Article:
"Traditionally Alzheimer's has been diagnosed based on a combination of factors such as a neurologic exam, detailed medical history and written tests of cognitive functioning with neuroimaging used primarily to rule out other diseases such as stroke or a brain tumor," says Rahul Desikan MD, PhD, of the Martinos Center and Boston University School of Medicine, main author of the Brain
paper. "Our findings show the feasibility and importance of using automated, MRI-based neuroanatomic measures as a diagnostic marker for Alzheimer's disease."
The scientists note that mild cognitive impairment occurs in about 20 percent of elderly individuals as a number of as 40 percent of those over 85 80 percent of whom develop Alzheimer's within five or six years. Since drugs that may slow the progression of Alzheimer's are in development, the ability to treat patients in the earliest stages of the disease may significantly delay progression to dementia. To investigate whether MR imaging can produce diagnostic markers for mild cognitive impairment and Alzheimer's disease, the research team used FreeSurfer an openly available imaging software package developed at the Martinos Center and the University of California at San Diego to examine many neuroanatomic regions across a range of normal individuals and patients with mild cognitive impairment and Alzheimer's disease.........
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May 22, 2009, 5:06 AM CT
Younger men with advanced prostate cancer
While young men with prostate cancer have a low risk of dying early, those with advanced forms of cancer do not live as long as older men with similar forms of the disease. That is the conclusion of a newly released study reported in the July 1, 2009 issue of CANCER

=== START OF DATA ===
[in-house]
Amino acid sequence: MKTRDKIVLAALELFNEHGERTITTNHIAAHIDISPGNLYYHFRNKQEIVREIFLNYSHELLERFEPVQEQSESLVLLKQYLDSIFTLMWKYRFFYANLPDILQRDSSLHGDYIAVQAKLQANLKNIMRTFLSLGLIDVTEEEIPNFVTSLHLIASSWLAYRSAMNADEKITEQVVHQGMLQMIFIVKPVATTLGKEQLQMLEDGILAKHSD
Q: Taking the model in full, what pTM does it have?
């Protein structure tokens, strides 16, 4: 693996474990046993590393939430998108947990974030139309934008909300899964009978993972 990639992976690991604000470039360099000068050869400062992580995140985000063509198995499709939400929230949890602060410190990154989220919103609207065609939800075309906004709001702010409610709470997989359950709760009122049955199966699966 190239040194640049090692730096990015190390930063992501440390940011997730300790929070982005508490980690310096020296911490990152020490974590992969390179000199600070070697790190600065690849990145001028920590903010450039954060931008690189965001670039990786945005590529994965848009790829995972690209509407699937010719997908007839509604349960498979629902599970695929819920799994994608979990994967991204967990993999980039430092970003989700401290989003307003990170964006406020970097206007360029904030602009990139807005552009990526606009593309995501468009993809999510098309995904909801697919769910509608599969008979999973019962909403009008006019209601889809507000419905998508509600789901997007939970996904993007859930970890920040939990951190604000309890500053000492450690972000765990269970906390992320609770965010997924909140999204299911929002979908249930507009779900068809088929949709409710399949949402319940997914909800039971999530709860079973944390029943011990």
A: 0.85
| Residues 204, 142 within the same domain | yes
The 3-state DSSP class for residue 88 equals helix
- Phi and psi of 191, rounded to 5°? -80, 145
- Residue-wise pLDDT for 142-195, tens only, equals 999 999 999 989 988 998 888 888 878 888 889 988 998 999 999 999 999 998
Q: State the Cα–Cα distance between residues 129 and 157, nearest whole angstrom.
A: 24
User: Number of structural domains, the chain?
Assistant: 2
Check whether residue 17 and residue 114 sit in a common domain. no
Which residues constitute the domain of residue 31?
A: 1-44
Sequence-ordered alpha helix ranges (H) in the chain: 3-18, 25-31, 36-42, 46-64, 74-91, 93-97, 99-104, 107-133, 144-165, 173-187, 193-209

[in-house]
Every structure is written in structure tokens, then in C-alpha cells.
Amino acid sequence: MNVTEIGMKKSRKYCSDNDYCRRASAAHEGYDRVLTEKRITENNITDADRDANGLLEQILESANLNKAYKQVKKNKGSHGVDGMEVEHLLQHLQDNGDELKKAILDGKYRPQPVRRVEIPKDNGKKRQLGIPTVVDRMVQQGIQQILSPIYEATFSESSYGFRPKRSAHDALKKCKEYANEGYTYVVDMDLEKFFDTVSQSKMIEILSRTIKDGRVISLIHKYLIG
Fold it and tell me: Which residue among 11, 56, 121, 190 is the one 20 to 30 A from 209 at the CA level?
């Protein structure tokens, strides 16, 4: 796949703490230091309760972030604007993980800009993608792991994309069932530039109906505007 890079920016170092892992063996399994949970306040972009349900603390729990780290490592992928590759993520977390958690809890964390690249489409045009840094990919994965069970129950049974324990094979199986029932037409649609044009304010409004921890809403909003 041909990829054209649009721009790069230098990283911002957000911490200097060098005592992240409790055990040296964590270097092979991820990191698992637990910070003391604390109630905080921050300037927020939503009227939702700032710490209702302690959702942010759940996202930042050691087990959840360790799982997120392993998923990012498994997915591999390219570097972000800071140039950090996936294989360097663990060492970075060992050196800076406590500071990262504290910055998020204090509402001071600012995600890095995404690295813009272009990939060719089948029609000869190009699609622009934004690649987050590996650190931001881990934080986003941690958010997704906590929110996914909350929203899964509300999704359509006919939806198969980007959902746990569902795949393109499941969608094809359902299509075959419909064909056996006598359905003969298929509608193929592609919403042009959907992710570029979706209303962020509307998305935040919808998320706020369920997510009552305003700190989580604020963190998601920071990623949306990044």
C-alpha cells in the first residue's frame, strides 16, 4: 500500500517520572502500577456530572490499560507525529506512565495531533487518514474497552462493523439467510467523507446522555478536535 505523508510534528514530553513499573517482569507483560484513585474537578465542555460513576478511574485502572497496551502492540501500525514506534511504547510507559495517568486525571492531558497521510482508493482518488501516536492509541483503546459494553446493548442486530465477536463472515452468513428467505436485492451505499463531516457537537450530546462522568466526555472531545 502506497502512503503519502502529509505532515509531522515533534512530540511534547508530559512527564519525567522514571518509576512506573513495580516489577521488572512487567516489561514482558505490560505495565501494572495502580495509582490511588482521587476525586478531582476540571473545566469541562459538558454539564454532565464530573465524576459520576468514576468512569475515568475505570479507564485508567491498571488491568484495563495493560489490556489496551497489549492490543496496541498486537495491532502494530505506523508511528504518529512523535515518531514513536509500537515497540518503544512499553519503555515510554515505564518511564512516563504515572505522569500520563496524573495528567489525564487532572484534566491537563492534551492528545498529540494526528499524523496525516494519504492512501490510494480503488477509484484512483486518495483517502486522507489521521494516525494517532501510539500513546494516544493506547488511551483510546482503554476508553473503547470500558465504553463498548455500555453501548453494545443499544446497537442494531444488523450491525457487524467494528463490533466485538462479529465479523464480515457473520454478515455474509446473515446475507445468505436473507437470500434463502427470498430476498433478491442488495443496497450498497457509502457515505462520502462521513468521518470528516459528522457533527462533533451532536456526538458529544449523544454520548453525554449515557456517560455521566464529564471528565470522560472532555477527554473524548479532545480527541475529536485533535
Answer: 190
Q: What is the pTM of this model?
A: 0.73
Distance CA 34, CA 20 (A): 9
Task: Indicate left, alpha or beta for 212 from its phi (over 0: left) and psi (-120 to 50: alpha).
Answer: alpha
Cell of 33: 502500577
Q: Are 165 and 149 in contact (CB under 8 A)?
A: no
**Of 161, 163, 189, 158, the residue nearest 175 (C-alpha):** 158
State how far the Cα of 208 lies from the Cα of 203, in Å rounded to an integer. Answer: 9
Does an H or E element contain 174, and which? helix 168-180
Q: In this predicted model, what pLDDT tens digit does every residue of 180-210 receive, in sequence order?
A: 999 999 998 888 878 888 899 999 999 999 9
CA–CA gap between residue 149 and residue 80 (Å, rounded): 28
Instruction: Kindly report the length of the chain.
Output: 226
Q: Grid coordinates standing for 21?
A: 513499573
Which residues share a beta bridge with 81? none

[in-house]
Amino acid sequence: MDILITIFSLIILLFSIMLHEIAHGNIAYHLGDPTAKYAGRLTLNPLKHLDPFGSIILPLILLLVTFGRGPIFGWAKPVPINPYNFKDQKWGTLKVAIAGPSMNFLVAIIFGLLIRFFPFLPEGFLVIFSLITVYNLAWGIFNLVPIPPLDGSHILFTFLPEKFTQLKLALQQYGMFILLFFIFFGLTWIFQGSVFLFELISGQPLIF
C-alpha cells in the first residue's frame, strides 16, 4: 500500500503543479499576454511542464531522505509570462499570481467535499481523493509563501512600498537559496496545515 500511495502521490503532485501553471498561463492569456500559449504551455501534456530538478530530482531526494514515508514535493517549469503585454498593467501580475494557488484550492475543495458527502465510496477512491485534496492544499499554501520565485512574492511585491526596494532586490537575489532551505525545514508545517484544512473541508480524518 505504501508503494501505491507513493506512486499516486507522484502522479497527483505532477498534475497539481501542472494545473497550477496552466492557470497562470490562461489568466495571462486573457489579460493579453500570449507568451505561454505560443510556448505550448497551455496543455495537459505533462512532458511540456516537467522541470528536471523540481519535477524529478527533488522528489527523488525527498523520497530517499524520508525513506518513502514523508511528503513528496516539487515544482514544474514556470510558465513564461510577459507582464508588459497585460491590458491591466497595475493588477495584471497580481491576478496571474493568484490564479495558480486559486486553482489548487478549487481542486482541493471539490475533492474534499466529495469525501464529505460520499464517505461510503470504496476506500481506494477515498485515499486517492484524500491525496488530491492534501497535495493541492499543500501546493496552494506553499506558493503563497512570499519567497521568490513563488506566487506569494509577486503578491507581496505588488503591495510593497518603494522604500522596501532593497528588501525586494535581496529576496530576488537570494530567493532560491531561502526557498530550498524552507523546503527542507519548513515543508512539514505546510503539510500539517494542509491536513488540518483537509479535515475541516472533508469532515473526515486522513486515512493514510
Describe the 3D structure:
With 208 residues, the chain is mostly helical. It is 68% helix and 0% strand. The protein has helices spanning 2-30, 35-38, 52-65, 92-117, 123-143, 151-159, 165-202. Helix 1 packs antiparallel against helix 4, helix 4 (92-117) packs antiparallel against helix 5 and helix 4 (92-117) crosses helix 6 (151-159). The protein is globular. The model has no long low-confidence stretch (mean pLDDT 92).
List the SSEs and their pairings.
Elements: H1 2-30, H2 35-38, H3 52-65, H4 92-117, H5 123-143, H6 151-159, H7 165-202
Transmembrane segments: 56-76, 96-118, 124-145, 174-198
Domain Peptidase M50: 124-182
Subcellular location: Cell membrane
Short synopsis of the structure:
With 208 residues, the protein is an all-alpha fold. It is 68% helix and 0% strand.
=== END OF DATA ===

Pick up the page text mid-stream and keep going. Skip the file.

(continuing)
, a peer-evaluated journal of the American Cancer Society. The paradoxical findings indicate that there appears to be biological differences between prostate cancers that develop in younger men and those that develop in older men, and that uncovering these differences may help tailor screening and therapy strategies for patients based on age.
In general, a younger cancer patient has a better prognosis than an older patient with the same type of cancer. Few studies have analyzed the health of younger vs. older men after diagnosis and therapy for prostate cancer, though.
To investigate the impact of age on prostate cancer prognosis, Daniel Lin, M.D., of the University of Washington and his colleagues designed a study to examine the association between age at diagnosis and health outcomes in men diagnosed with prostate cancer in the United States. Mining the National Cancer Institute's Surveillance, Epidemiology, and End Results (SEER) database, the researchers identified 318,774 men diagnosed with prostate cancer between 1988 and 2003. Men aged 35 to 74 years were stratified by age at the time of diagnosis, and the scientists examined differences in tumor characteristics, therapy, and survival within each age group.........